During recess, primary school pupils have the option of hitting the canteen, the school library or the basketball court.
But since 2010, pupils at the all-boys Montfort Junior have had another destination - an alumni- supported Lego Room filled with plastic bricks and displays of their creative projects.
Principal Wilbur Wong said this is part of a "boys-centric" education, which will soon be expanded with a schoolwide Makers Culture complete with a new workshop for the pupils, billed TinkerShop@MJ.
The school prides itself on a "boys-centric curriculum" that emphasises technological know-how and active experiences in groups.
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"The fundamental values are very much aligned to what we want to do - giving the kids confidence, giving the kids the iterations and telling the kids it's okay to fail," said Mr Wong.
The school's Makers Culture includes a computational thinking (CT) subject that will soon be rolled out across all six grade levels. Upper-primary pupils have already been taking part in it for two years.
SKY'S THE LIMIT
I hope to design homes that can run on only solar power. Why must I look at other people's work when I can build it myself? The only limit is your imagination. ''
PRIMARY 6 PUPIL SACHEEN BALAN, an electrical whizz-kid who wired up a toy.
Elements of programming and design are already incorporated in the rest of the school curriculum. For example, pupils have used "claymation" technology in arts and crafts lessons and learnt about angles and compass directions with programmable robotic balls.
Primary 4 pupil Daniel Mocorro, 10, said: "There's been a lot of difficulties - sometimes, the design doesn't come out the way we want it, or we get the programming wrong - and it's actually motivation to persevere."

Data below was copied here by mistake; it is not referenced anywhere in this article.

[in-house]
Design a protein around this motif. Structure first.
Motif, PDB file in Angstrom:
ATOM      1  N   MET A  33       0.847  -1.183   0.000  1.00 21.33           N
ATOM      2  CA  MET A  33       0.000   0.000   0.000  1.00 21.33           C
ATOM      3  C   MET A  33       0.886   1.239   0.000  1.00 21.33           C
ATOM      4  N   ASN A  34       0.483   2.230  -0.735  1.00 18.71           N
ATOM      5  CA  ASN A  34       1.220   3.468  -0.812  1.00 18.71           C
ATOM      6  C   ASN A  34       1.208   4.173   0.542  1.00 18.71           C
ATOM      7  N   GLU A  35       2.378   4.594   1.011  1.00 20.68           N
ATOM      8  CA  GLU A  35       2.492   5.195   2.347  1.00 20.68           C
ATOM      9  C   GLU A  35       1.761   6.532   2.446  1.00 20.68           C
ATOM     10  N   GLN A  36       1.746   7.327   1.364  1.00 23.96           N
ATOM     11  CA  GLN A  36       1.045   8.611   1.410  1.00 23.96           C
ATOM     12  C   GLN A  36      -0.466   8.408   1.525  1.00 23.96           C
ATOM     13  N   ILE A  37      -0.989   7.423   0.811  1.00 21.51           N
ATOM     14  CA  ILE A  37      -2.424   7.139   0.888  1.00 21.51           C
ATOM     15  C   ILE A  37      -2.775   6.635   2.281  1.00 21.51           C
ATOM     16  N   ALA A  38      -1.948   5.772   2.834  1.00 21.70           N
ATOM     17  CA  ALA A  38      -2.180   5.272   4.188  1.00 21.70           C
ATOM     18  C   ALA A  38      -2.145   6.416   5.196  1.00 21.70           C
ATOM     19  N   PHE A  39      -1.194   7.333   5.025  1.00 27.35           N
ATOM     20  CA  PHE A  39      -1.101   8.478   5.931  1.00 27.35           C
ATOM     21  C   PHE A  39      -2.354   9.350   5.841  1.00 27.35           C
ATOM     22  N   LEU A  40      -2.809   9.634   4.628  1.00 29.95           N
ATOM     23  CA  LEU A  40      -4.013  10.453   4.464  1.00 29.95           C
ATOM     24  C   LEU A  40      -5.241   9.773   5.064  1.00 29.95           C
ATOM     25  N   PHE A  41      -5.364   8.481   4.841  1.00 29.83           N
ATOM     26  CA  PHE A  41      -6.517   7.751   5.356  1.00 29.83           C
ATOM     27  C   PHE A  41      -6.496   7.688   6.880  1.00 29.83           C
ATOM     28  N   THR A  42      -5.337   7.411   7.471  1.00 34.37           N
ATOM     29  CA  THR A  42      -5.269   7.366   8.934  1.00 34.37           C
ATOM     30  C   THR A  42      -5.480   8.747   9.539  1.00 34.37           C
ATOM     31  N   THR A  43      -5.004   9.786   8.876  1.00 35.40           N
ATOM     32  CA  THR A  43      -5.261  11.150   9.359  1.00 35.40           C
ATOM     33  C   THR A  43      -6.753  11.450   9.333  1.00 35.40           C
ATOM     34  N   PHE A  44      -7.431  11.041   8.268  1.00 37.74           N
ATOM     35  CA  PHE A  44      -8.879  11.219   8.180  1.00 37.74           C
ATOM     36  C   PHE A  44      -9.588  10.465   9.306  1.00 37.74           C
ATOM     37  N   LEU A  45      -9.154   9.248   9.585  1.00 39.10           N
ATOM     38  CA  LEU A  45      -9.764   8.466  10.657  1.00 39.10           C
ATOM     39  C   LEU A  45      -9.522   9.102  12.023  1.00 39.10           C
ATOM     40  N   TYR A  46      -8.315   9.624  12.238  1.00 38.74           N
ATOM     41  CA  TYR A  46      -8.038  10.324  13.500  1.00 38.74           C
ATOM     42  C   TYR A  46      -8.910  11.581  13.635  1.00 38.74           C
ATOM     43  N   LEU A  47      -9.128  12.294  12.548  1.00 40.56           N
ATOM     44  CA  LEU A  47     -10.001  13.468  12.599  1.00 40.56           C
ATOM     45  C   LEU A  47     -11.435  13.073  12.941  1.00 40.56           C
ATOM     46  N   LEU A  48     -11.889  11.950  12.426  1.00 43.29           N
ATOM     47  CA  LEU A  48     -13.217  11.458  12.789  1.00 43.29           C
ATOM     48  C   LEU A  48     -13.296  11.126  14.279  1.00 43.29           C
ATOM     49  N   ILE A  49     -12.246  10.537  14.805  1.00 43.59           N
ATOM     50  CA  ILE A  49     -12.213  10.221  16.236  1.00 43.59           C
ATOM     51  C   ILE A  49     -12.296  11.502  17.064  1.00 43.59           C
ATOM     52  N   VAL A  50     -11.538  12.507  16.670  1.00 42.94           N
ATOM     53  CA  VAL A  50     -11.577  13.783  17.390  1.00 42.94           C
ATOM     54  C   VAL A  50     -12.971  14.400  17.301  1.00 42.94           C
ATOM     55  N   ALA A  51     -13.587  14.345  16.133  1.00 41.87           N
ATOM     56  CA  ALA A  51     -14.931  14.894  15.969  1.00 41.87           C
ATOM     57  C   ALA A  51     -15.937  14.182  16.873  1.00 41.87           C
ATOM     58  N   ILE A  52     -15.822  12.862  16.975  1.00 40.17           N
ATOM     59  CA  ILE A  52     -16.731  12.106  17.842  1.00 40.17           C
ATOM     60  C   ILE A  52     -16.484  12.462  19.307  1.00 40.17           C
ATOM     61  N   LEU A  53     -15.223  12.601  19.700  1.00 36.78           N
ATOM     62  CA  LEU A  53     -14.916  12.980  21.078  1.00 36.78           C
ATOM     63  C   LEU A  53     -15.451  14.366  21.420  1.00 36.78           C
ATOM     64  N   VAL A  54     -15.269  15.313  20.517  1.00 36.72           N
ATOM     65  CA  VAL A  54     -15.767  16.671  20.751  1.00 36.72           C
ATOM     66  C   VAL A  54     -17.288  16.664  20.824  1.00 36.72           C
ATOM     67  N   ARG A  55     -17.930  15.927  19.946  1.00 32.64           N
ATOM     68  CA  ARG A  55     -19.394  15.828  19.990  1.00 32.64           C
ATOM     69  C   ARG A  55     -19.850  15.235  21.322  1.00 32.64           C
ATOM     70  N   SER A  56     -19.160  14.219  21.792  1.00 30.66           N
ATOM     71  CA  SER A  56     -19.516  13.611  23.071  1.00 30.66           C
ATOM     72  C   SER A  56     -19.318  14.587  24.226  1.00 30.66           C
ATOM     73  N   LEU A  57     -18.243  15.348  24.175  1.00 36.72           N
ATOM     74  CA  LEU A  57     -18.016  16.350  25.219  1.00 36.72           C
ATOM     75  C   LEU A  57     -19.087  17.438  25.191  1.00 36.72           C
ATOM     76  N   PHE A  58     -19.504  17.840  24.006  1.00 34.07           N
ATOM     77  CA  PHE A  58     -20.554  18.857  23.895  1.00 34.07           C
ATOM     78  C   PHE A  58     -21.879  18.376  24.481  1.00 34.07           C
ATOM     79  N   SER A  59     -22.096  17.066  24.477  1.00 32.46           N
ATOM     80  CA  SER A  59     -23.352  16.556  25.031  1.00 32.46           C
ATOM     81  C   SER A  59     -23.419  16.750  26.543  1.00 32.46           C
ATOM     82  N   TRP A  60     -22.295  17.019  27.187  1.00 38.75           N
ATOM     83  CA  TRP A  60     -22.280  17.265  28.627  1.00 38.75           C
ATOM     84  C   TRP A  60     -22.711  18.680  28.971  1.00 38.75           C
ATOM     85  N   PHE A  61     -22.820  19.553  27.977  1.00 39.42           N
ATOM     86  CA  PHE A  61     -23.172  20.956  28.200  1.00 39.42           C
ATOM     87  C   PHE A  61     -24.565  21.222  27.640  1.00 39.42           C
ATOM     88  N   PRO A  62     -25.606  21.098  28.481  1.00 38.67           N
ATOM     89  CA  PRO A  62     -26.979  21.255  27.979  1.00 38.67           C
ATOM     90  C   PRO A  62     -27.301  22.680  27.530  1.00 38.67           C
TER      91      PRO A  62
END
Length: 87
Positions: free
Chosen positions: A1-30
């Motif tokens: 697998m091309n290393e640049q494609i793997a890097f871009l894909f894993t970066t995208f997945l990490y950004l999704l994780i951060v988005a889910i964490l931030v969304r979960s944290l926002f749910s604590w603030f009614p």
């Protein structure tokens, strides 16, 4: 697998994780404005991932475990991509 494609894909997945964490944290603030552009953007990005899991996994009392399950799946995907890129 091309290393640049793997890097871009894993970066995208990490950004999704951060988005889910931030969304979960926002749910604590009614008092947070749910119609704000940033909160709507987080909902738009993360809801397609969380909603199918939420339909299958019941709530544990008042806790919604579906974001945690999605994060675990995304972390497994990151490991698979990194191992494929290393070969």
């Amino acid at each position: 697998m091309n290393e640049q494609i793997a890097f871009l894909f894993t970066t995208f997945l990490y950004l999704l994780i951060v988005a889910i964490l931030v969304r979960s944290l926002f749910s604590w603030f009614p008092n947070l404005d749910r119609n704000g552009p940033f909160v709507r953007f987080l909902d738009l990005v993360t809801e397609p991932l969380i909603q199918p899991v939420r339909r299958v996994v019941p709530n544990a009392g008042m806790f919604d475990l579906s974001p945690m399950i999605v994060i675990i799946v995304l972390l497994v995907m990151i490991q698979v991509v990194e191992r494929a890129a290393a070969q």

Mr Wong said: "When we look at the CT, and the kids have learnt all this, the next platform is, how do we get the kids to be able to apply?"
So, come July, pupils can apply their skills at TinkerShop@MJ, which will boast apparatus such as 3D and vinyl printers, electronic parts, soldering irons, and moisture and temperature sensors.
Budding pilot Majesty San Juan, 10, is thrilled at the prospect: "My interest is in making do-it-yourself projects... I used recycled plastic bottles to make things like helicopters."
Montfort Junior's management also envisions the Makers Culture programme becoming a pipeline for the "Made in Montfort" Applied Learning Programme at Montfort Secondary, which was rolled out last year.
There, students learn about circuitry and coding with an eye to developing smart solutions for everyday problems. They are also being given a pathway to computing as an O-level subject.
About half of Montfort Junior pupils continue their education at Montfort Secondary. "Some of the maker ideals really fit into what we want to do as a school," said Mr Wong. "The whole crux of maker, the whole premise, must be that anyone can make. So it doesn't matter whether you're intellectually a bit more capable or a bit more challenged - anyone can make."
The Lego Room at Montfort Junior was initiated by retiree Ang Chee Kok, 63, who graduated from Montfort School in 1971 after his A levels. Well-wishers, including other alumni, managed to raise an initial sum of more than $5,000. Mr Ang and other old Montfortians continue to support the Lego Room. "The latest request was to buy more wheels because the boys love to build vehicles of all shapes and sizes," he said.
Primary 6 pupil Shane Pan, 12, built a magnetic rubber-band gun for fun in about four hours - including time taken to conceptualise the design. He used mostly household objects, such as plastic tubs, clothes pegs and fridge magnets. "Art should be learnt from the heart and not from the teacher, and it should be inspired by the self," said the amateur actor, who is also considering a future career as a product designer.
Primary 6 pupil Sacheen Balan, 12, is an electrical whizz-kid who wired up a toy in the spirit of old school games such as Surgery. It took him three days of trial and error, including electrocuting himself twice, and he is now working on an electricity-powered Ferris wheel.
"I hope to design homes that can run on only solar power," he said. "Why must I look at other people's work when I can build it myself? The only limit is your imagination."